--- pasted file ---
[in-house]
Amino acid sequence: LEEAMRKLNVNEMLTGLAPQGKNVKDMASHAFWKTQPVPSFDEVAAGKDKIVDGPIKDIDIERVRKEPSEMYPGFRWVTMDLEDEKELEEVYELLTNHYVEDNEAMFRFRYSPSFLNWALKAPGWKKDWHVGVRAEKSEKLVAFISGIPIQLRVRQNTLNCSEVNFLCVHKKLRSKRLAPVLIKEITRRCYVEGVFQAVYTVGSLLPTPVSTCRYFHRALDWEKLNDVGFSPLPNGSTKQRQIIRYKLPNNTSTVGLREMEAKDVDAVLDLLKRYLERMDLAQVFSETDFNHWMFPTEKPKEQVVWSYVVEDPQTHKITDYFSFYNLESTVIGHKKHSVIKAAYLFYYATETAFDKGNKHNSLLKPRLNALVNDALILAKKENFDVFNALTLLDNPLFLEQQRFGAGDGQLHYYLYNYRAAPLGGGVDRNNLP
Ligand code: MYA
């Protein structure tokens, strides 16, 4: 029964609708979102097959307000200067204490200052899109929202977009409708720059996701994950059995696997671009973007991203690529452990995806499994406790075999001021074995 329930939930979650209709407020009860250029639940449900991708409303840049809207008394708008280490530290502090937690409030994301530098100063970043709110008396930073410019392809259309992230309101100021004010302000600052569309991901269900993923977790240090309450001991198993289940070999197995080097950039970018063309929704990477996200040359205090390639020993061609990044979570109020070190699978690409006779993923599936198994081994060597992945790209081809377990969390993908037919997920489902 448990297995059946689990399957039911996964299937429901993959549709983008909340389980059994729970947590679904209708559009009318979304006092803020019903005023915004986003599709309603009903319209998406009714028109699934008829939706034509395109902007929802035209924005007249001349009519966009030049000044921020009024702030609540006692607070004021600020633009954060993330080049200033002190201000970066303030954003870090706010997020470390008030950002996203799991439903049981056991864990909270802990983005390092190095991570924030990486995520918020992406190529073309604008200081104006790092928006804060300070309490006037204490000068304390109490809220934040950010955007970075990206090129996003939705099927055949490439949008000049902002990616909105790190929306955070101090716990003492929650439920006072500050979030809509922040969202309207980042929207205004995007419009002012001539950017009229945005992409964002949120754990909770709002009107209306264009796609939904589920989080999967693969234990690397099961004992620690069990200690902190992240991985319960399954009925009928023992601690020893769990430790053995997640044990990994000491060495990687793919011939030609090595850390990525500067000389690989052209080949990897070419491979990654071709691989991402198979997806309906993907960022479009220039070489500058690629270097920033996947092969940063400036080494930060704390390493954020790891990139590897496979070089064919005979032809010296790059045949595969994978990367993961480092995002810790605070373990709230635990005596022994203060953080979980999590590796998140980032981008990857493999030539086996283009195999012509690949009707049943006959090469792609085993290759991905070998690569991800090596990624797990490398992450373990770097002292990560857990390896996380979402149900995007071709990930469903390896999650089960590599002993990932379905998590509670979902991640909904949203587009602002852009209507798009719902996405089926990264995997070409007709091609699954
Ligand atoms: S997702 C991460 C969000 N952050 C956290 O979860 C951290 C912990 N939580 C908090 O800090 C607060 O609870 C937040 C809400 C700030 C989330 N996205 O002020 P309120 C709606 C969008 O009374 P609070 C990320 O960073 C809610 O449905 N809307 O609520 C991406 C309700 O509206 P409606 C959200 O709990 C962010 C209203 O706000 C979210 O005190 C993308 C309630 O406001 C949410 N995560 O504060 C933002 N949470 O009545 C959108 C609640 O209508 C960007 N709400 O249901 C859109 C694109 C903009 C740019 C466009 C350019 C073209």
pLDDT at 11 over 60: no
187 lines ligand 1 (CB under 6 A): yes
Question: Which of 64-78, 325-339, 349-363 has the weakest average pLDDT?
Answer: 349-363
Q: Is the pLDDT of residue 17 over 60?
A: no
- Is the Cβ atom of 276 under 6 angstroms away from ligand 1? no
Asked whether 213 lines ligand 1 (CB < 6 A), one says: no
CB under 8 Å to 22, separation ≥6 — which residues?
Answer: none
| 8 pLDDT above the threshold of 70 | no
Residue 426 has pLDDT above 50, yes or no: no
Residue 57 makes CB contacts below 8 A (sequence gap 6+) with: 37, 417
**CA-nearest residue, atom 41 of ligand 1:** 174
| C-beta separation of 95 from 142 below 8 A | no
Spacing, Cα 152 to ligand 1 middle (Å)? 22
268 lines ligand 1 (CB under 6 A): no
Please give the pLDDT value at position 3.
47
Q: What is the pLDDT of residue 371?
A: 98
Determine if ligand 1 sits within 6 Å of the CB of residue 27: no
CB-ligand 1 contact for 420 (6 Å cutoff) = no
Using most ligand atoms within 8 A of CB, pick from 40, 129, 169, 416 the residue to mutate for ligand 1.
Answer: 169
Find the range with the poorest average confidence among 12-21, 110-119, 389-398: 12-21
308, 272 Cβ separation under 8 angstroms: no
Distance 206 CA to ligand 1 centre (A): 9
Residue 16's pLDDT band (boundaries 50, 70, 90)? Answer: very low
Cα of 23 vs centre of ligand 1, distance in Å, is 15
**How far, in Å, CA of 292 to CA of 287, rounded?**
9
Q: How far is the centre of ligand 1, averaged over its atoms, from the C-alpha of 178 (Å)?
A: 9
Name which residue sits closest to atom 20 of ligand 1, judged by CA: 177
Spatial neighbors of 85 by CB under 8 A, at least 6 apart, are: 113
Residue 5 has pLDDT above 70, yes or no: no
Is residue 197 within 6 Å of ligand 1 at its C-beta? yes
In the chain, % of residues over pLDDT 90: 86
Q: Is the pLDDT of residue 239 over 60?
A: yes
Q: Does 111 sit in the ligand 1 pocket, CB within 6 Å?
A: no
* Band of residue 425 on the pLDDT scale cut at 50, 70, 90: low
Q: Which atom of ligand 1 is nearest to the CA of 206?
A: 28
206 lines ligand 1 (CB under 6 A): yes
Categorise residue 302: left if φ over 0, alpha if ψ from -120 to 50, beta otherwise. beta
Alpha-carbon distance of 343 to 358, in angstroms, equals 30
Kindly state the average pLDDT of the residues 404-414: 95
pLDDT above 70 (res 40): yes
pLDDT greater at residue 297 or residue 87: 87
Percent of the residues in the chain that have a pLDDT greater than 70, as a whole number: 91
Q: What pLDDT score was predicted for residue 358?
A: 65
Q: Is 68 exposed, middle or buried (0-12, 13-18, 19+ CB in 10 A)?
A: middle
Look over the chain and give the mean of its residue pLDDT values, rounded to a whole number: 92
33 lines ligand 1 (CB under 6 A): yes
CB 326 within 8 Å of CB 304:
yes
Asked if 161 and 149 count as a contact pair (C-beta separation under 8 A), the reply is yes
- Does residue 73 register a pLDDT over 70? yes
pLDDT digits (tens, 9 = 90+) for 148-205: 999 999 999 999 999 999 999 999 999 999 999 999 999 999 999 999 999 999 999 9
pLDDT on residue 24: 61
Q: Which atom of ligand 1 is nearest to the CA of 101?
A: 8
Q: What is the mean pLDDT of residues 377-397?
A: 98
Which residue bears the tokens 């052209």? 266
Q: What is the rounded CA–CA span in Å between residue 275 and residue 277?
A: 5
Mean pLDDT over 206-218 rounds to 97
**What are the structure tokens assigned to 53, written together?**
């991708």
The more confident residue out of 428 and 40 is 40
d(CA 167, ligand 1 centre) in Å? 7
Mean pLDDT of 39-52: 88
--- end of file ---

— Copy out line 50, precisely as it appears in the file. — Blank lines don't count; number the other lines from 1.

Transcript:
Q: Which atom of ligand 1 is nearest to the CA of 206?